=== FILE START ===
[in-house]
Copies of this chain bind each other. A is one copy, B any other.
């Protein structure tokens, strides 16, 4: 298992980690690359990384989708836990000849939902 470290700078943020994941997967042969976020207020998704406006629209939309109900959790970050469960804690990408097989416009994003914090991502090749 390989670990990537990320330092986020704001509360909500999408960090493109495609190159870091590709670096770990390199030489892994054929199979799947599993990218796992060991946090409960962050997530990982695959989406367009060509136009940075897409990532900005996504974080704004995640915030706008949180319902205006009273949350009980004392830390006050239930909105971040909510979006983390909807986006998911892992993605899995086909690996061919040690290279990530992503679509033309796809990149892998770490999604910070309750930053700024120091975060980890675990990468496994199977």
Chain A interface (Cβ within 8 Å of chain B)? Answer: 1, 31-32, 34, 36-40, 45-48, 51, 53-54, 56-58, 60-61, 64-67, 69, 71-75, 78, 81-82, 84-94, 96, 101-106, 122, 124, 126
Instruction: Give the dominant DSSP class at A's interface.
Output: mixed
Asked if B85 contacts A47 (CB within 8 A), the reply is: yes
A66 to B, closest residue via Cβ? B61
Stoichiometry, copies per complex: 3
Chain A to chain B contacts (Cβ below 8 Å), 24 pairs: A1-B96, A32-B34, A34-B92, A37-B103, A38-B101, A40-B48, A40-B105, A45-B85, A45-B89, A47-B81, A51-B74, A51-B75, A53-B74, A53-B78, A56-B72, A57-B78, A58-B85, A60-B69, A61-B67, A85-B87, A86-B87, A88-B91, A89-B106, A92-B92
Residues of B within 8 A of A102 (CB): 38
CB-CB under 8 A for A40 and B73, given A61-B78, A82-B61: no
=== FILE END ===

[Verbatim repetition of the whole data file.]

[in-house]
Copies of this chain bind each other. A is one copy, B any other.
């Protein structure tokens, strides 16, 4: 298992980690690359990384989708836990000849939902 470290700078943020994941997967042969976020207020998704406006629209939309109900959790970050469960804690990408097989416009994003914090991502090749 390989670990990537990320330092986020704001509360909500999408960090493109495609190159870091590709670096770990390199030489892994054929199979799947599993990218796992060991946090409960962050997530990982695959989406367009060509136009940075897409990532900005996504974080704004995640915030706008949180319902205006009273949350009980004392830390006050239930909105971040909510979006983390909807986006998911892992993605899995086909690996061919040690290279990530992503679509033309796809990149892998770490999604910070309750930053700024120091975060980890675990990468496994199977």
Chain A interface (Cβ within 8 Å of chain B)? Answer: 1, 31-32, 34, 36-40, 45-48, 51, 53-54, 56-58, 60-61, 64-67, 69, 71-75, 78, 81-82, 84-94, 96, 101-106, 122, 124, 126
Instruction: Give the dominant DSSP class at A's interface.
Output: mixed
Asked if B85 contacts A47 (CB within 8 A), the reply is: yes
A66 to B, closest residue via Cβ? B61
Stoichiometry, copies per complex: 3
Chain A to chain B contacts (Cβ below 8 Å), 24 pairs: A1-B96, A32-B34, A34-B92, A37-B103, A38-B101, A40-B48, A40-B105, A45-B85, A45-B89, A47-B81, A51-B74, A51-B75, A53-B74, A53-B78, A56-B72, A57-B78, A58-B85, A60-B69, A61-B67, A85-B87, A86-B87, A88-B91, A89-B106, A92-B92
Residues of B within 8 A of A102 (CB): 38
CB-CB under 8 A for A40 and B73, given A61-B78, A82-B61: no